Though we may have felt it was a long winter, many polar bears are cherishing their last few weeks on Arctic sea ice before it melts for the summer. As explore.org prepares to catch glimpses of the bears’ return on various Churchill, Manitoba, live cams (including the soon-to-launch Beluga Boat Cams), we hope to get
Whale, Whale, Whale, What Do We Have Here! Although the Rubbing Beach Underwater cam is a stationary cam, we always sit in anticipation for who will swim by to say a quick hello. We have been so fortunate to be able to catch a series of sea life on this cam, including sea otters and even an octopus!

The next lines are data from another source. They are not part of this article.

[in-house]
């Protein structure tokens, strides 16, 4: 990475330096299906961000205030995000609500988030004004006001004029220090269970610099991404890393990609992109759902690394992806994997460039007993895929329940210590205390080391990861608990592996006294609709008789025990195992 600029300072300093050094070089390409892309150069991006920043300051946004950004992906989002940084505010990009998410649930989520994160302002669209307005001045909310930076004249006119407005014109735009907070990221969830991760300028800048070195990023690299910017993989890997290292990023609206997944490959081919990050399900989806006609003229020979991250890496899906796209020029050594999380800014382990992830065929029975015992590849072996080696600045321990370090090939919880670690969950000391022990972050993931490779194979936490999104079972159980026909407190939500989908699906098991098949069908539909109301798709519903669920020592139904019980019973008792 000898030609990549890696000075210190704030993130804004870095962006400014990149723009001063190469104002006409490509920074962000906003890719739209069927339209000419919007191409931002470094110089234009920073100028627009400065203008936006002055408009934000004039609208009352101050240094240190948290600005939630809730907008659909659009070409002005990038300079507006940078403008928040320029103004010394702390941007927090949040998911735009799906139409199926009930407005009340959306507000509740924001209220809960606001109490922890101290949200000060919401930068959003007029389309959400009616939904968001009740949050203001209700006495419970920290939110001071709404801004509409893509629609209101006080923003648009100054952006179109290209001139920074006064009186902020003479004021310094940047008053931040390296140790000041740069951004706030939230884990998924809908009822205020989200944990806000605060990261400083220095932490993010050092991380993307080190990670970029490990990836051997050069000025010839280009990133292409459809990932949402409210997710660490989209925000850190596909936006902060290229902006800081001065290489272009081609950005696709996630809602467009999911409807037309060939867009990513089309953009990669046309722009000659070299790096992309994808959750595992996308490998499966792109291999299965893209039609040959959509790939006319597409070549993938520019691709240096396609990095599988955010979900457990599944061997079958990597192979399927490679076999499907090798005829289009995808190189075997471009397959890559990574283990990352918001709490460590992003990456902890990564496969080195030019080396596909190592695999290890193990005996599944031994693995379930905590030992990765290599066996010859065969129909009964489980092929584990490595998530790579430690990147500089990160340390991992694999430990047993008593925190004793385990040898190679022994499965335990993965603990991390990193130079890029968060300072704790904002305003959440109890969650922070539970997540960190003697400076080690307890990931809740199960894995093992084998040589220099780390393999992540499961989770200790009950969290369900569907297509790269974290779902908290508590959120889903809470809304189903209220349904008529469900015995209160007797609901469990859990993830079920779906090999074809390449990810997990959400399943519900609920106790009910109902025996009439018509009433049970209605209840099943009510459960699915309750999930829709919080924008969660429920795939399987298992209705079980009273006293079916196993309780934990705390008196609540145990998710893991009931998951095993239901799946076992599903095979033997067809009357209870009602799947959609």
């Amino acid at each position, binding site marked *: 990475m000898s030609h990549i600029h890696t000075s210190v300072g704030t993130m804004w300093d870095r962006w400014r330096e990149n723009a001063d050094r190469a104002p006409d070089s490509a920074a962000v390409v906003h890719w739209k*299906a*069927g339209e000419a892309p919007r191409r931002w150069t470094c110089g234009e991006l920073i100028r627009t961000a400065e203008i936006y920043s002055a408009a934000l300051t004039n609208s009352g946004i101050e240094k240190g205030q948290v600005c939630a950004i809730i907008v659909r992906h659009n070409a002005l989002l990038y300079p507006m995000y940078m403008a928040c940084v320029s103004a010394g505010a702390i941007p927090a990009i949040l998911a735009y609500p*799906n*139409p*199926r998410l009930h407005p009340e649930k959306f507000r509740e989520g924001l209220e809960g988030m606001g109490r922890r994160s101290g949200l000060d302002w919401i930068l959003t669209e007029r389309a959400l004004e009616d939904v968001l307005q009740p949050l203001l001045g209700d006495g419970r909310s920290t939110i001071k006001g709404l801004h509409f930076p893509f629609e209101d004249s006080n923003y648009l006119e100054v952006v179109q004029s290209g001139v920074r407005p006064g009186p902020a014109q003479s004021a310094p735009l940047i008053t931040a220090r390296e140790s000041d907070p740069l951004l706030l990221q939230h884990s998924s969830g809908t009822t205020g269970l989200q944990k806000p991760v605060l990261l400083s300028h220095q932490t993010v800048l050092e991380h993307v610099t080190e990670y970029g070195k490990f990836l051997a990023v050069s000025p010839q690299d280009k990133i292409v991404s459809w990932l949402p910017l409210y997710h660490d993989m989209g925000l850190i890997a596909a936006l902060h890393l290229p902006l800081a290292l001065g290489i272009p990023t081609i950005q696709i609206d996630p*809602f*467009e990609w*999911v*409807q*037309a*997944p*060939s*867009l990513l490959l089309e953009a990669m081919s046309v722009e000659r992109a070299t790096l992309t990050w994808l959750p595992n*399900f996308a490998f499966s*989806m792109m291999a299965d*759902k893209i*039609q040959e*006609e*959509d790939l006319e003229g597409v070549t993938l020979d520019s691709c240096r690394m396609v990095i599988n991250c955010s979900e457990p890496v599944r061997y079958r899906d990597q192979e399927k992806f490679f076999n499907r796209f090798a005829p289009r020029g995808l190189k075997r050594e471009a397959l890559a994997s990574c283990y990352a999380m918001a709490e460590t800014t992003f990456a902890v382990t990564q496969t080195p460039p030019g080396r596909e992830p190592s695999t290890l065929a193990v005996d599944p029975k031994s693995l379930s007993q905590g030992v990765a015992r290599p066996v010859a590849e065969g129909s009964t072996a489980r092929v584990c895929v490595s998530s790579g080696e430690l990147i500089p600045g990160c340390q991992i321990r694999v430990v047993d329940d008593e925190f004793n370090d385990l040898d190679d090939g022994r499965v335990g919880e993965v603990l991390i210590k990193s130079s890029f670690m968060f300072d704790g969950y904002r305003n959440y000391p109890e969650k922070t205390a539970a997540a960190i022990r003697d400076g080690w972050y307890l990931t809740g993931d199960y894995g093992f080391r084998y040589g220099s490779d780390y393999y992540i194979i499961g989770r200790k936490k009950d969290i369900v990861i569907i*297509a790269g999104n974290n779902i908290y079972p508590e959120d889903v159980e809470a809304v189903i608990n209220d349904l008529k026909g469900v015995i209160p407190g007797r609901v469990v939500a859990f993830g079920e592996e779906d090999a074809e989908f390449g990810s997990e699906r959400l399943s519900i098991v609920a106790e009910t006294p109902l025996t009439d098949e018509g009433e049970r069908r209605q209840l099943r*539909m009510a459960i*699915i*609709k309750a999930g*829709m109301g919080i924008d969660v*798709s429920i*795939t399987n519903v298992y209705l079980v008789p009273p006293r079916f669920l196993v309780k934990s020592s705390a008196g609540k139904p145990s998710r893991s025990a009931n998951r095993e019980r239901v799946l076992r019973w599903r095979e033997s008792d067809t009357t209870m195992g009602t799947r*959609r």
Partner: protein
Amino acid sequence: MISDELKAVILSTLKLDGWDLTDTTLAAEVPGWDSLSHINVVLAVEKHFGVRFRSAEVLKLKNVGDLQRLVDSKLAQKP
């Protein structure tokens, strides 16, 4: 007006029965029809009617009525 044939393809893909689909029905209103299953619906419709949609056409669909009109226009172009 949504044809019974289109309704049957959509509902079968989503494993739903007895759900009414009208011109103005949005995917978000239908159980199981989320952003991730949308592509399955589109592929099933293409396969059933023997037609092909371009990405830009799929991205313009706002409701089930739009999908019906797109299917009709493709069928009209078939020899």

Whale it, won’t it? What a wonderful surprise! We caught a beautiful Humpback Whale breaching the pristine waters on our Orca Live Cam! There is nothing more beautiful than watching a gentle giant come up to say hello. We are so happy to “sea” you, please come back soon! Dara | explore.org
Orca Rubbing Beach Party! One of my favorite sights on all our live cams are pods of orcas cruising by the underwater rubbing beach cam. It’s called that because orcas come to rub their bodies on smooth pebbles. “Rubbing” is a cultural trait of Northern Resident orcas, unique to their population! Watch live every day on
The Atlantic Blue Tang Clan School’s never fin-ished on explore’s Cayman Reef Cam, where you can get a reel education (I’m very sorry for these terrible jokes). So why do fish swim together, or “school”? Many reasons! There’s safety in numbers – it’s harder for a predator to single out a fish if it’s surrounded